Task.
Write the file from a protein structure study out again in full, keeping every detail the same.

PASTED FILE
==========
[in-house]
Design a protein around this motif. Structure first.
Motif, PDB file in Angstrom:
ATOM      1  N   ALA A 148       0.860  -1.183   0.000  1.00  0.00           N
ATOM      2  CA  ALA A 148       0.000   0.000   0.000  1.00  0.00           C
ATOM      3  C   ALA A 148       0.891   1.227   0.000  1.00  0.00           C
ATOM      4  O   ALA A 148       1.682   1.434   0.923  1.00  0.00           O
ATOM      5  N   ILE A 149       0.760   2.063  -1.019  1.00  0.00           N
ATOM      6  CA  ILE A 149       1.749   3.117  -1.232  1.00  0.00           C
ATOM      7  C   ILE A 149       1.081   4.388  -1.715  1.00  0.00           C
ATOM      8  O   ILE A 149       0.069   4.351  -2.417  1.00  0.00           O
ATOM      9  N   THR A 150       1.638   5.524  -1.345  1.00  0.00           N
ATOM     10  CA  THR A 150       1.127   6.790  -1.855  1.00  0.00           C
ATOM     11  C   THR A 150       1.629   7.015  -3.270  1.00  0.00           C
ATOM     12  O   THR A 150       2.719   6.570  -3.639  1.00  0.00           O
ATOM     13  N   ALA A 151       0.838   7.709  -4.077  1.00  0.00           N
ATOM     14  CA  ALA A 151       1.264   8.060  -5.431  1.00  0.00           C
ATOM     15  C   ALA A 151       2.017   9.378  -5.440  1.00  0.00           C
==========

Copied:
[in-house]
Design a protein around this motif. Structure first.
Motif, PDB file in Angstrom:
ATOM      1  N   ALA A 148       0.860  -1.183   0.000  1.00  0.00           N
ATOM      2  CA  ALA A 148       0.000   0.000   0.000  1.00  0.00           C
ATOM      3  C   ALA A 148       0.891   1.227   0.000  1.00  0.00           C
ATOM      4  O   ALA A 148       1.682   1.434   0.923  1.00  0.00           O
ATOM      5  N   ILE A 149       0.760   2.063  -1.019  1.00  0.00           N
ATOM      6  CA  ILE A 149       1.749   3.117  -1.232  1.00  0.00           C
ATOM      7  C   ILE A 149       1.081   4.388  -1.715  1.00  0.00           C
ATOM      8  O   ILE A 149       0.069   4.351  -2.417  1.00  0.00           O
ATOM      9  N   THR A 150       1.638   5.524  -1.345  1.00  0.00           N
ATOM     10  CA  THR A 150       1.127   6.790  -1.855  1.00  0.00           C
ATOM     11  C   THR A 150       1.629   7.015  -3.270  1.00  0.00           C
ATOM     12  O   THR A 150       2.719   6.570  -3.639  1.00  0.00           O
ATOM     13  N   ALA A 151       0.838   7.709  -4.077  1.00  0.00           N
ATOM     14  CA  ALA A 151       1.264   8.060  -5.431  1.00  0.00           C
ATOM     15  C   ALA A 151       2.017   9.378  -5.440  1.00  0.00           C